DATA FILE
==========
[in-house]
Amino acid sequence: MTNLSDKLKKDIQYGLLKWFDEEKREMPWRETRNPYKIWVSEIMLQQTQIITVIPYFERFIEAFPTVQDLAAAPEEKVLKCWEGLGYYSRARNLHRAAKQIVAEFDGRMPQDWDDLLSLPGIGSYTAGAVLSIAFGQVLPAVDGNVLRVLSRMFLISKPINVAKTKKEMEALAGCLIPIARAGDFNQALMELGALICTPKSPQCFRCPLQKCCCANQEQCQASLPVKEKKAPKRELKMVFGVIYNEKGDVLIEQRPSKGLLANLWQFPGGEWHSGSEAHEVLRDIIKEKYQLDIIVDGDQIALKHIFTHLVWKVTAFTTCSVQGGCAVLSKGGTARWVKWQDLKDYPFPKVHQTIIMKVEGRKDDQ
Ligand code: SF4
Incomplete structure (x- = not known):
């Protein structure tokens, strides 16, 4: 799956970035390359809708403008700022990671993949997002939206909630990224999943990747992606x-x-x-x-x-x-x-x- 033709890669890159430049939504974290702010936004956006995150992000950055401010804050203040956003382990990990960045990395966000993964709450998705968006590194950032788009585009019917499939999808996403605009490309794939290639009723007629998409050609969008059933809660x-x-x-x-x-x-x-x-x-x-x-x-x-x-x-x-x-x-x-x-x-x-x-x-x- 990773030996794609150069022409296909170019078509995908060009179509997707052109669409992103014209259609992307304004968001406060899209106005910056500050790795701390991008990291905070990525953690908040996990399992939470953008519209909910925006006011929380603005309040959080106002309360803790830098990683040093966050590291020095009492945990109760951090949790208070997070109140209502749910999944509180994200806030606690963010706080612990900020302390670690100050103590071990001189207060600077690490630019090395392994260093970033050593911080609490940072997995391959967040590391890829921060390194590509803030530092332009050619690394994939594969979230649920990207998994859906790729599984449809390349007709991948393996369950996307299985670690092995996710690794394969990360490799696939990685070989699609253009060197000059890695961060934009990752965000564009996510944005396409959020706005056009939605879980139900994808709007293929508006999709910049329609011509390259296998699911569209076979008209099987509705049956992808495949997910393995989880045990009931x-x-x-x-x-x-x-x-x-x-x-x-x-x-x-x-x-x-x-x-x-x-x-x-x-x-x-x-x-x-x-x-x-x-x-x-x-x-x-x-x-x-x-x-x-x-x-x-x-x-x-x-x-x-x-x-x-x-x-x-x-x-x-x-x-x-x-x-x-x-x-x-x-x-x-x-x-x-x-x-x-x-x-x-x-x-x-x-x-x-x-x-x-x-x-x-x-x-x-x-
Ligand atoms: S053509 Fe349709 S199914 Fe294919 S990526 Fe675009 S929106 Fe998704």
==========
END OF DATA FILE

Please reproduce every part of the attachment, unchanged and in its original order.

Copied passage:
[in-house]
Amino acid sequence: MTNLSDKLKKDIQYGLLKWFDEEKREMPWRETRNPYKIWVSEIMLQQTQIITVIPYFERFIEAFPTVQDLAAAPEEKVLKCWEGLGYYSRARNLHRAAKQIVAEFDGRMPQDWDDLLSLPGIGSYTAGAVLSIAFGQVLPAVDGNVLRVLSRMFLISKPINVAKTKKEMEALAGCLIPIARAGDFNQALMELGALICTPKSPQCFRCPLQKCCCANQEQCQASLPVKEKKAPKRELKMVFGVIYNEKGDVLIEQRPSKGLLANLWQFPGGEWHSGSEAHEVLRDIIKEKYQLDIIVDGDQIALKHIFTHLVWKVTAFTTCSVQGGCAVLSKGGTARWVKWQDLKDYPFPKVHQTIIMKVEGRKDDQ
Ligand code: SF4
Incomplete structure (x- = not known):
């Protein structure tokens, strides 16, 4: 799956970035390359809708403008700022990671993949997002939206909630990224999943990747992606x-x-x-x-x-x-x-x- 033709890669890159430049939504974290702010936004956006995150992000950055401010804050203040956003382990990990960045990395966000993964709450998705968006590194950032788009585009019917499939999808996403605009490309794939290639009723007629998409050609969008059933809660x-x-x-x-x-x-x-x-x-x-x-x-x-x-x-x-x-x-x-x-x-x-x-x-x- 990773030996794609150069022409296909170019078509995908060009179509997707052109669409992103014209259609992307304004968001406060899209106005910056500050790795701390991008990291905070990525953690908040996990399992939470953008519209909910925006006011929380603005309040959080106002309360803790830098990683040093966050590291020095009492945990109760951090949790208070997070109140209502749910999944509180994200806030606690963010706080612990900020302390670690100050103590071990001189207060600077690490630019090395392994260093970033050593911080609490940072997995391959967040590391890829921060390194590509803030530092332009050619690394994939594969979230649920990207998994859906790729599984449809390349007709991948393996369950996307299985670690092995996710690794394969990360490799696939990685070989699609253009060197000059890695961060934009990752965000564009996510944005396409959020706005056009939605879980139900994808709007293929508006999709910049329609011509390259296998699911569209076979008209099987509705049956992808495949997910393995989880045990009931x-x-x-x-x-x-x-x-x-x-x-x-x-x-x-x-x-x-x-x-x-x-x-x-x-x-x-x-x-x-x-x-x-x-x-x-x-x-x-x-x-x-x-x-x-x-x-x-x-x-x-x-x-x-x-x-x-x-x-x-x-x-x-x-x-x-x-x-x-x-x-x-x-x-x-x-x-x-x-x-x-x-x-x-x-x-x-x-x-x-x-x-x-x-x-x-x-x-x-x-
Ligand atoms: S053509 Fe349709 S199914 Fe294919 S990526 Fe675009 S929106 Fe998704």